February 15, 2008

WMAK (WBL), North Tonawanda, NY

Every once in a while, an interesting piece of broadcast history will be found sitting in plain sight - and every once in a very long while, that interesting piece of broadcast history is just an hour or so away from our home base here in western New York.

We credit Jim Travis, chief engineer for the Family Life Network, for unearthing this week's featured site, which hasn't seen broadcast use since at least 1940.

Jim drove by this site at 7263 Shawnee Road in North Tonawanda, north of Buffalo (actually, it's just over the line in the town of Wheatfield), a month or so ago and wondered what these two self-supporting towers were doing in an area that's rapidly being developed into residential subdivisions. He asked former upstate engineer (and broadcast engineer) Mark Humphrey, who began to uncover the fascinating history behind these towers and the building that sits between them.

What Mark found first was a website describing the history of marine shortwave/VHF station WBL, which operated from out here on Shawnee Road from the early 1940s until sometime in the early eighties, first under RCA ownership and later in private hands. (It turns out that one of the operators at WBL in the seventies was Dan Gurzynski, who'd later go on to be an engineer at the Entercom stations in Buffalo.)

But before these towers belonged to WBL, they served as the transmitter site for one of the Buffalo area's first radio stations. WMAK came on the air in Lockport, 10 miles north of this site, in 1922. It soon moved from little Lockport to much bigger Buffalo, where engineer I.R. "Ike" Lounsberry set up studios in the Hotel Lafayette, making WMAK (by then a charter CBS affiliate) the first of several broadcasters who would call that building home.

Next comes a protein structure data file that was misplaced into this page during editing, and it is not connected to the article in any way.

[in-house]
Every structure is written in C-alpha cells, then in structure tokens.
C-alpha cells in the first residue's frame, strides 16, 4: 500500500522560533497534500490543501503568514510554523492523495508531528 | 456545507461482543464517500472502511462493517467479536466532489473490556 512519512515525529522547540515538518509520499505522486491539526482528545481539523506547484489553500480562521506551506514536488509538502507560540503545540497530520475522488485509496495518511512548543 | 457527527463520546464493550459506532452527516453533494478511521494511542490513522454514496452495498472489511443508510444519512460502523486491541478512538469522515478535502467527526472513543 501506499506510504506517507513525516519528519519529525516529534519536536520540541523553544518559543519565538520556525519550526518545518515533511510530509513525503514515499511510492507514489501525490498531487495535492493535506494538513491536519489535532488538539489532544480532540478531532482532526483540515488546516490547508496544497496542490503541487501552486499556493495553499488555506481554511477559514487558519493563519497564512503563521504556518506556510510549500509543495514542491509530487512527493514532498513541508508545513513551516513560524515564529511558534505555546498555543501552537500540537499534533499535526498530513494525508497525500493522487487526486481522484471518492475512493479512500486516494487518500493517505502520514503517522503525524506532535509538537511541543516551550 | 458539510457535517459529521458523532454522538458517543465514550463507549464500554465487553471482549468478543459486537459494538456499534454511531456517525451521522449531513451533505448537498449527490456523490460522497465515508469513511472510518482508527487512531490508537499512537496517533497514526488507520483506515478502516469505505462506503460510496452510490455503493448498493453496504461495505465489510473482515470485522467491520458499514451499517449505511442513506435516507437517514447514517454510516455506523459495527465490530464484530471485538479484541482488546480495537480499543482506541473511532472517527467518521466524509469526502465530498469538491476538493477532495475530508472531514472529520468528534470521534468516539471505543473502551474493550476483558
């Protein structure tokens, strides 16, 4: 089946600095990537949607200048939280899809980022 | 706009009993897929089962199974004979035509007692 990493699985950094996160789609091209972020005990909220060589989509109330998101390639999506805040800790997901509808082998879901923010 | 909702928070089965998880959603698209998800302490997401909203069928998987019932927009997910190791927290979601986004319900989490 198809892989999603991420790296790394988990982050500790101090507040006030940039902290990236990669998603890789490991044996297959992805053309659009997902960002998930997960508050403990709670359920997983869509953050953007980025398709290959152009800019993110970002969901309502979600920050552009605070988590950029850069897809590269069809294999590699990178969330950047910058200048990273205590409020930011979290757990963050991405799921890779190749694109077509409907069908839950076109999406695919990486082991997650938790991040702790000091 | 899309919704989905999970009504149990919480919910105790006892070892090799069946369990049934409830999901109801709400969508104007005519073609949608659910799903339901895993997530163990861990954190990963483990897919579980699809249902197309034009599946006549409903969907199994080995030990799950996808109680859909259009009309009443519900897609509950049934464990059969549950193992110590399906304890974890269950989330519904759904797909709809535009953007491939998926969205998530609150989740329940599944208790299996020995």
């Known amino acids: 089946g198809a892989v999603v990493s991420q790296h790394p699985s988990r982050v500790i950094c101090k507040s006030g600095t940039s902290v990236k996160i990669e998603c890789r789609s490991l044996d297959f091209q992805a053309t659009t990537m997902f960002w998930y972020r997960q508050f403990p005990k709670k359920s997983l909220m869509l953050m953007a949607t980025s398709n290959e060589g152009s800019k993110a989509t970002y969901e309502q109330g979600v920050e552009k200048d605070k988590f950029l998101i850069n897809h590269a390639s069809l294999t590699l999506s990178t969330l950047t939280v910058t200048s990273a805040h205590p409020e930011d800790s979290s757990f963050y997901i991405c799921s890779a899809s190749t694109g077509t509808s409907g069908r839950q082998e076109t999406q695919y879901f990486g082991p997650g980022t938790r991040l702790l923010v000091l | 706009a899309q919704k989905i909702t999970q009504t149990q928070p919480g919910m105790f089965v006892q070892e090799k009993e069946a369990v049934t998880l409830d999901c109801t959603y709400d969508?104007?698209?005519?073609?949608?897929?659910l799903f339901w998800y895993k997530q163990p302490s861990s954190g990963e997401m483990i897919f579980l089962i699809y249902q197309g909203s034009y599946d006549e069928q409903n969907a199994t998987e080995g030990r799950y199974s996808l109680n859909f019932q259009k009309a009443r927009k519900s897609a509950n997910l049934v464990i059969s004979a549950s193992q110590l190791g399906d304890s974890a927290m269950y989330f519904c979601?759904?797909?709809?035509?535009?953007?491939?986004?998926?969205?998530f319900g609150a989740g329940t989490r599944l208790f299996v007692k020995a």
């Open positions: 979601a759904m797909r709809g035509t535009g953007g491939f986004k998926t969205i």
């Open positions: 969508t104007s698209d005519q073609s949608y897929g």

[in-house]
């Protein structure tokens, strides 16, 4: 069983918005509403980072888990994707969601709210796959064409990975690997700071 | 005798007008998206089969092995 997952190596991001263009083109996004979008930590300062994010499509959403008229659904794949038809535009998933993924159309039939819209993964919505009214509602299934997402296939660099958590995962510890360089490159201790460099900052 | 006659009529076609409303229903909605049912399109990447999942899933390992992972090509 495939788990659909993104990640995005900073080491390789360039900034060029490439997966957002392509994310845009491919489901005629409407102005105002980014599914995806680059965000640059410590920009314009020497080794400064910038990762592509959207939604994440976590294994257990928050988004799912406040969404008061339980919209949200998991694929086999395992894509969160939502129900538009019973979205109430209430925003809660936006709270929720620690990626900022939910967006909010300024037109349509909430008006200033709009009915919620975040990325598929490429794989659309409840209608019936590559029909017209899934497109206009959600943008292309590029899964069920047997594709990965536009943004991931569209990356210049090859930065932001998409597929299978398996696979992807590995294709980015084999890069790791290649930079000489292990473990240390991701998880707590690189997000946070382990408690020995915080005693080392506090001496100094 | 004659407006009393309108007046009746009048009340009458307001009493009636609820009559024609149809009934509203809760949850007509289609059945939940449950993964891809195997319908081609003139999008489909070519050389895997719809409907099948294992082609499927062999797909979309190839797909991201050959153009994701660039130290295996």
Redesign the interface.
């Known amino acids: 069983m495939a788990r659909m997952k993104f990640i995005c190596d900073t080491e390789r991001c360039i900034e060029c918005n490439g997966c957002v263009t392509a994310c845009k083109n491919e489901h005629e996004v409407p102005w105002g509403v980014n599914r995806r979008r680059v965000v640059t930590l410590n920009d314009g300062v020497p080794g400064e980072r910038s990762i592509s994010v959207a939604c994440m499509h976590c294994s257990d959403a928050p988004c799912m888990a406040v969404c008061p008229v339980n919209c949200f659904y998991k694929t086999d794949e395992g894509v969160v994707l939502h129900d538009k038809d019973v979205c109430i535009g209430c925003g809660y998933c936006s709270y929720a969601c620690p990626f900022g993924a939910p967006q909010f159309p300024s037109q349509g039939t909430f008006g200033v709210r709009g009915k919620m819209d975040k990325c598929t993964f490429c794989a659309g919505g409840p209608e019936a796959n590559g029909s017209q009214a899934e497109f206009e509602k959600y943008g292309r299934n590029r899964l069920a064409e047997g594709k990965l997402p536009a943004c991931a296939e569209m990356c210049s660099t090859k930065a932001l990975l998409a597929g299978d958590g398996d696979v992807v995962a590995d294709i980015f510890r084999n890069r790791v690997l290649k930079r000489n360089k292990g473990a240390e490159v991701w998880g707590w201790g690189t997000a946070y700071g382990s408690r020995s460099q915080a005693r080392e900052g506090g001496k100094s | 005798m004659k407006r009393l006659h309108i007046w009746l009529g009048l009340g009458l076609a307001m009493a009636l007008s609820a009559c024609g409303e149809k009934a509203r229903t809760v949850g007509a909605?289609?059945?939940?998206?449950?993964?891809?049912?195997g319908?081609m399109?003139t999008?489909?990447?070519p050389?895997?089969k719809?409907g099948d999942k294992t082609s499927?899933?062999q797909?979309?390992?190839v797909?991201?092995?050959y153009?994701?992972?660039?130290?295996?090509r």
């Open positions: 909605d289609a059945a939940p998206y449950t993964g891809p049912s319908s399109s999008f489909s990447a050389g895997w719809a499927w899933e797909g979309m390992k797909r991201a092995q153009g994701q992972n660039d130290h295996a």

In 1927, Lounsberry moved WMAK's transmitter from the Norton Laboratories on Mill Street in Lockport to this Shawnee Road location, erecting these towers and the building between them. By then, WMAK had settled down on 900 kilocycles, a frequency that had also been used at one point by another station in which Lounsberry would have an interest, WGR.

For a few years, WMAK was part of Lounsberry's Buffalo Broadcasting Corp., which briefly held a monopoly on the city's radio scene, also operating WGR, WKBW and WKEN.

The monopoly didn't last, though - WMAK went dark in 1930, and was sold to the Buffalo Evening News, which returned it to the air September 8, 1930 under new calls, WBEN. For WBEN's first decade, its 1000-watt signal came from the longwire antenna strung between these towers. In 1940, WBEN built its new 5000-watt site seven miles or so to the southwest (and closer to Buffalo) on Grand Island, a site we featured here on Site of the Week last summer.

And something strange happened along the way: as WBEN became one of the mainstays of Buffalo broadcasting, it quietly buried its WMAK past. Maybe it was WMAK's connection to the two stations that became WBEN's biggest competitors, WGR and WKBW. Maybe it was an attempt to avoid associating big-city WBEN with WMAK's small-town beginnings up in Lockport. In any event, WBEN would list "1930" as its sign-on date for many decades thereafter, and in recent years even its own engineer wasn't sure where the transmitter had been before Grand Island.

But history can't stay buried forever, at least not when it's still visible in the form of two big self-supporting towers on a busy highway. Even this site's later incarnation as WBL is gone now, with the old building boarded up and silent. Perhaps someday it can be revived as a museum, telling some of the stories of Buffalo radio in days gone by. And in the meantime, it joins our list of some of the oldest broadcast sites still standing, anywhere in the country.

Thanks to Jim Travis, Mark Humphrey, Bob Smith and Randy Michaels for helping to unravel the WMAK history!

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